Article By: Barbara Honegger
Friday, March 06, 2009
A term from his own beloved field of mathematics, singularity, best describes the profound impression Nobel Laureate Dr. John Forbes Nash Jr. made on the Naval Postgraduate School during his week-long academic visit, Feb. 15-21: the quality or state of being one of a kind.
NPS faculty and students excitedly described the uniqueness and brilliance of the octogenarian Princeton University Senior Research Mathematician who participated in classes, toured labs and presented the third in a series of special lectures by Nobel laureates at NPS.
Nash's world renowned contributions in non-cooperative game theory, differential geometry and partial differential equations began with a Cold War era interest in bargaining and gambling and provide deep insight into complex natural systems and collective human behavior. His work is widely used in economics, evolutionary biology and military theory and for predicting the outcome of competition and conflict. In 1994, Nash shared the Nobel Memorial Prize in Economic Sciences with two fellow game theorists for his Ph.D. thesis, and is the subject of the Academy Award winning film A Beautiful Mind.
"Professor John Nash is one of the most famous and innovative mathematicians of our lifetime whose work has shown the power of deep mathematics to link the life sciences, social sciences, physical sciences and engineering sciences, and his week-long visit to NPS is one of the most special moments in the hundred-year history of the university," said GSEAS Dean Sivaguru Sritharan. "It was a great honor and credit to the school that he accepted our invitation, and his guest lectures and visits to a number of classes across campus were extremely well received by the faculty and students. His gentle and humble personality was an inspiration to the entire campus community."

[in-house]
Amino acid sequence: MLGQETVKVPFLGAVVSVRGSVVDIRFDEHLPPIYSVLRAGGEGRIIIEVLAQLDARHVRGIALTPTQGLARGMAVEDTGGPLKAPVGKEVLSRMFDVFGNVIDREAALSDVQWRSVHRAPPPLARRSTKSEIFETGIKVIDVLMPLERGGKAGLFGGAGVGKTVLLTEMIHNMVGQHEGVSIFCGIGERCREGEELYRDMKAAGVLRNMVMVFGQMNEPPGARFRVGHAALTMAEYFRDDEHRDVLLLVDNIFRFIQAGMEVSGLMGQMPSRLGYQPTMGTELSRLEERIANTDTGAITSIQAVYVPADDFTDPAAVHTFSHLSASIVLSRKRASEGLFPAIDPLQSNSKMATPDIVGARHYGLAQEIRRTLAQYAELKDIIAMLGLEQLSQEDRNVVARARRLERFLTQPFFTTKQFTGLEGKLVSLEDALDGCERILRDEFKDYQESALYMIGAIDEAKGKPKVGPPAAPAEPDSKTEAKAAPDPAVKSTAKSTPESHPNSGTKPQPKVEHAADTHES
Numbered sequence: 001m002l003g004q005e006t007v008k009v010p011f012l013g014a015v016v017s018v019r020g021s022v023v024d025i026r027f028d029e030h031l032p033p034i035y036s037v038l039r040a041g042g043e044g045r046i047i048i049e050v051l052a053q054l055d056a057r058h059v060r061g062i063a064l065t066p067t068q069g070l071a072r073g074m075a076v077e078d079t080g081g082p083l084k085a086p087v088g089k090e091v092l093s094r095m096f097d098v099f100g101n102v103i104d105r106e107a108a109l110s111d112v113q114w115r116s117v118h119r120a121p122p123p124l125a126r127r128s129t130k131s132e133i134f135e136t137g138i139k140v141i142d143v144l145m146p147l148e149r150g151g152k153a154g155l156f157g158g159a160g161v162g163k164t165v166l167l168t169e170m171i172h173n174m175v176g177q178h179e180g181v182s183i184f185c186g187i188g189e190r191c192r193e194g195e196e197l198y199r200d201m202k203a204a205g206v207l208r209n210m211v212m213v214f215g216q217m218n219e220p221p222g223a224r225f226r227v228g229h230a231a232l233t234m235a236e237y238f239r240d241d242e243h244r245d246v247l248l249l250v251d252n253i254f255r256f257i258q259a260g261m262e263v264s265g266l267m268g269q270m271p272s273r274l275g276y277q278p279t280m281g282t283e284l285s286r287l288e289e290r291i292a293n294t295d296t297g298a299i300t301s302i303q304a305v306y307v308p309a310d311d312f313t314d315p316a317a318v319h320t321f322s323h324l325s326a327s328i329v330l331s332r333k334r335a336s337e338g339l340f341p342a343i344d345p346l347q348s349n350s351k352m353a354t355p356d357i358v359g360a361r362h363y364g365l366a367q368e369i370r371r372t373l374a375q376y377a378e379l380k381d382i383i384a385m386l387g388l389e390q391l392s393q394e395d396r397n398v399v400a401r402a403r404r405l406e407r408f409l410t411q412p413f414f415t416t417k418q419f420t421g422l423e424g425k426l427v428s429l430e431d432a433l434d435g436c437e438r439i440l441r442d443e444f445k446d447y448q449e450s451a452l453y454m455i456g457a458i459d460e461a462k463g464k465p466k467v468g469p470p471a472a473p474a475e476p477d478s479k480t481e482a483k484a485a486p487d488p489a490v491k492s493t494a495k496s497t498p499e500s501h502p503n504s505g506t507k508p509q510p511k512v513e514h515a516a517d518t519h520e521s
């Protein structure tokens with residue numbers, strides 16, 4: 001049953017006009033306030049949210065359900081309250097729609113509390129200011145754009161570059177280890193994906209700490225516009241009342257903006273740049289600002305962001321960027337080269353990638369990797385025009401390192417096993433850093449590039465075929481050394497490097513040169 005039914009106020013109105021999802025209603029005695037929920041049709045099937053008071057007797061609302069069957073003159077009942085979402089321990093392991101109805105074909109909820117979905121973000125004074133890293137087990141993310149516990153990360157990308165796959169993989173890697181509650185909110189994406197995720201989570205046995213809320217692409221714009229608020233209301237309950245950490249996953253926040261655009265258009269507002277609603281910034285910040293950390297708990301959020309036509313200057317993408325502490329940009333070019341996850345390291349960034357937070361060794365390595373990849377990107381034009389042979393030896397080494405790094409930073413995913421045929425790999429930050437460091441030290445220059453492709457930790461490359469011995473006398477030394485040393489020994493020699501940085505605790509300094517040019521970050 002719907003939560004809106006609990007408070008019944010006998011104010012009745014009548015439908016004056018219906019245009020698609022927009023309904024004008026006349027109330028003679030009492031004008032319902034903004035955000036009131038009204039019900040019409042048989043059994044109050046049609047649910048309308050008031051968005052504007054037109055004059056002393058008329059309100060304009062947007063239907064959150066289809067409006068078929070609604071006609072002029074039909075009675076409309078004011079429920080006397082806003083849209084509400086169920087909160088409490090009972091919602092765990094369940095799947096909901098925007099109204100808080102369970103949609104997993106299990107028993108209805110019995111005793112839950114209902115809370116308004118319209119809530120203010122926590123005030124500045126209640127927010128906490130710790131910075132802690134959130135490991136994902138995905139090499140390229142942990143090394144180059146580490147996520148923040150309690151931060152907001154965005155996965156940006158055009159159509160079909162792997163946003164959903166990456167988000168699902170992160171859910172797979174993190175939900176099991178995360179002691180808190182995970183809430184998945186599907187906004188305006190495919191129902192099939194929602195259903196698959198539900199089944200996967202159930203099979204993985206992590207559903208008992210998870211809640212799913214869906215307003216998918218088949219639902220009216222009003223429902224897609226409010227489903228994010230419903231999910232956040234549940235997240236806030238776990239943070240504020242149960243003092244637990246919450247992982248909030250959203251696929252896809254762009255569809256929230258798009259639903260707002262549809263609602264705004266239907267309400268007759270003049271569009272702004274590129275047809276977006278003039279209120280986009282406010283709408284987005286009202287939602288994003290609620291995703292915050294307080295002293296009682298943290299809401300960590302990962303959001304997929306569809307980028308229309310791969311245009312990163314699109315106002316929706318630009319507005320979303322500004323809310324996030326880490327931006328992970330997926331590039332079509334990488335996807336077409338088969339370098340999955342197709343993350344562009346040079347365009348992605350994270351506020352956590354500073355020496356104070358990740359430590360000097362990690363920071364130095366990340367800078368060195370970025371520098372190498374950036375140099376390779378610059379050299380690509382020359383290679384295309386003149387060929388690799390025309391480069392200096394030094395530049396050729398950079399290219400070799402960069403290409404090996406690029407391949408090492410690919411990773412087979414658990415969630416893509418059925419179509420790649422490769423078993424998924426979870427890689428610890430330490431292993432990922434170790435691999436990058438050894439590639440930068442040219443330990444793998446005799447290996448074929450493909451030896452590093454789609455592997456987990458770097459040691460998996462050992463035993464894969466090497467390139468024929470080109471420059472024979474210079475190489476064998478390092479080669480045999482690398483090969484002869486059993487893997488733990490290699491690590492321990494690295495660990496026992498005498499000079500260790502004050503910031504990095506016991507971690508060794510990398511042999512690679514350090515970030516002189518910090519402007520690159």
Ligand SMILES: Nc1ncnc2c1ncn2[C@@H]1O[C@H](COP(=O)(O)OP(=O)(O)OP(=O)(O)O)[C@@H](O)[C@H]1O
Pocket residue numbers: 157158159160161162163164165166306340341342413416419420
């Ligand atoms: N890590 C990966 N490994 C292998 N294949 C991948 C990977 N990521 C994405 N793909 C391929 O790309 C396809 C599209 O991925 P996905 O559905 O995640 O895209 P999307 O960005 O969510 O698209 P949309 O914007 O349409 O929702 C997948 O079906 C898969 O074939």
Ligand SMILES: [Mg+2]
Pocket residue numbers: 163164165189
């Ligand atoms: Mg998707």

Distinguished Professor of Mathematics Guillermo Owen, whom Nash called "your game theory star here at NPS," went even further.
"Professor Nash is the best known academic in America," Owen said. "With a Nobel Prize and [being] the subject of a heartwarming film that won the Oscar for Best Picture, people want to see this brilliant man who had all these personal problems and yet overcame them. Bringing him here to NPS, where he definitely enjoyed his stay, many more people will hear about the Naval Postgraduate School."
"It was a surreal experience to have him here, like you almost had to pinch yourself to believe it’s real," said Associate Prof. of Mathematics Francis Giraldo who was an undergraduate at Nash’s university, Princeton, and sat across from the Nobel laureate at a special dinner for faculty and students. "His work has touched so many fields in mathematics, including my subfield of partial differential equations, and the amount of energy he had at age 80 for a full week of non-stop activities was awe inspiring. To have this caliber of scholar come to NPS for such an extended period of time reflects great credit on the School."
"Professor Nash has nearly rock star quality and generated an excitement in the students that you hardly ever see, especially in science and engineering fields," said former GSEAS Associate Dean and Mechanical and Astronautical Engineering Lecturer retired Navy Capt. Chris Adams. "Interacting with him was a very rare, unique event for everyone who met him."
Mathematics Ph.D. student Army Capt. Natalie Vanatta, who is also earning a master's degree in Systems Engineering, wholeheartedly agreed.
"Professor Nash is probably the smartest mathematician alive today," she stressed. "No one still alive has made such a large contribution in the field of mathematics and continues to do so," Vanatta said. "Where else but NPS could you get the opportunity to interact with a world-class scholar of this caliber over such an extended period of time? He's not only incredibly intelligent – in math, you usually do your best work by age 30, and he's still making really significant contributions at 80 - but has a truly strong character. I had the opportunity to talk with him one on one about my dissertation, and we shared our joy in doing mathematics."